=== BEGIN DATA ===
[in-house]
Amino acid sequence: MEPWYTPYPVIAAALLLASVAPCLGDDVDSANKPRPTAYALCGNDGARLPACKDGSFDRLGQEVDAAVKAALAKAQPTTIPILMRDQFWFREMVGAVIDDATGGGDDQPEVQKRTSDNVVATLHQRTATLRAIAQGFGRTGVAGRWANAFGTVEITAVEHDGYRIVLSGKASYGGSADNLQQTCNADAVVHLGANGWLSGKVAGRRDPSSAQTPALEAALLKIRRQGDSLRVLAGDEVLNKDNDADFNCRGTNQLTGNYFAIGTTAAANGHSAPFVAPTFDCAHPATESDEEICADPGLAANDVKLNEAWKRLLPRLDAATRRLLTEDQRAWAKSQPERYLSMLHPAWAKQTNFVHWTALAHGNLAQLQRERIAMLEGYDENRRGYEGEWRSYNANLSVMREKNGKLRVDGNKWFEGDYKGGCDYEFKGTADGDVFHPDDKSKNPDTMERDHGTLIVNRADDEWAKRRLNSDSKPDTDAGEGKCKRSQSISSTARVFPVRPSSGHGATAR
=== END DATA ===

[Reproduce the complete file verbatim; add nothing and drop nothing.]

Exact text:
[in-house]
Amino acid sequence: MEPWYTPYPVIAAALLLASVAPCLGDDVDSANKPRPTAYALCGNDGARLPACKDGSFDRLGQEVDAAVKAALAKAQPTTIPILMRDQFWFREMVGAVIDDATGGGDDQPEVQKRTSDNVVATLHQRTATLRAIAQGFGRTGVAGRWANAFGTVEITAVEHDGYRIVLSGKASYGGSADNLQQTCNADAVVHLGANGWLSGKVAGRRDPSSAQTPALEAALLKIRRQGDSLRVLAGDEVLNKDNDADFNCRGTNQLTGNYFAIGTTAAANGHSAPFVAPTFDCAHPATESDEEICADPGLAANDVKLNEAWKRLLPRLDAATRRLLTEDQRAWAKSQPERYLSMLHPAWAKQTNFVHWTALAHGNLAQLQRERIAMLEGYDENRRGYEGEWRSYNANLSVMREKNGKLRVDGNKWFEGDYKGGCDYEFKGTADGDVFHPDDKSKNPDTMERDHGTLIVNRADDEWAKRRLNSDSKPDTDAGEGKCKRSQSISSTARVFPVRPSSGHGATAR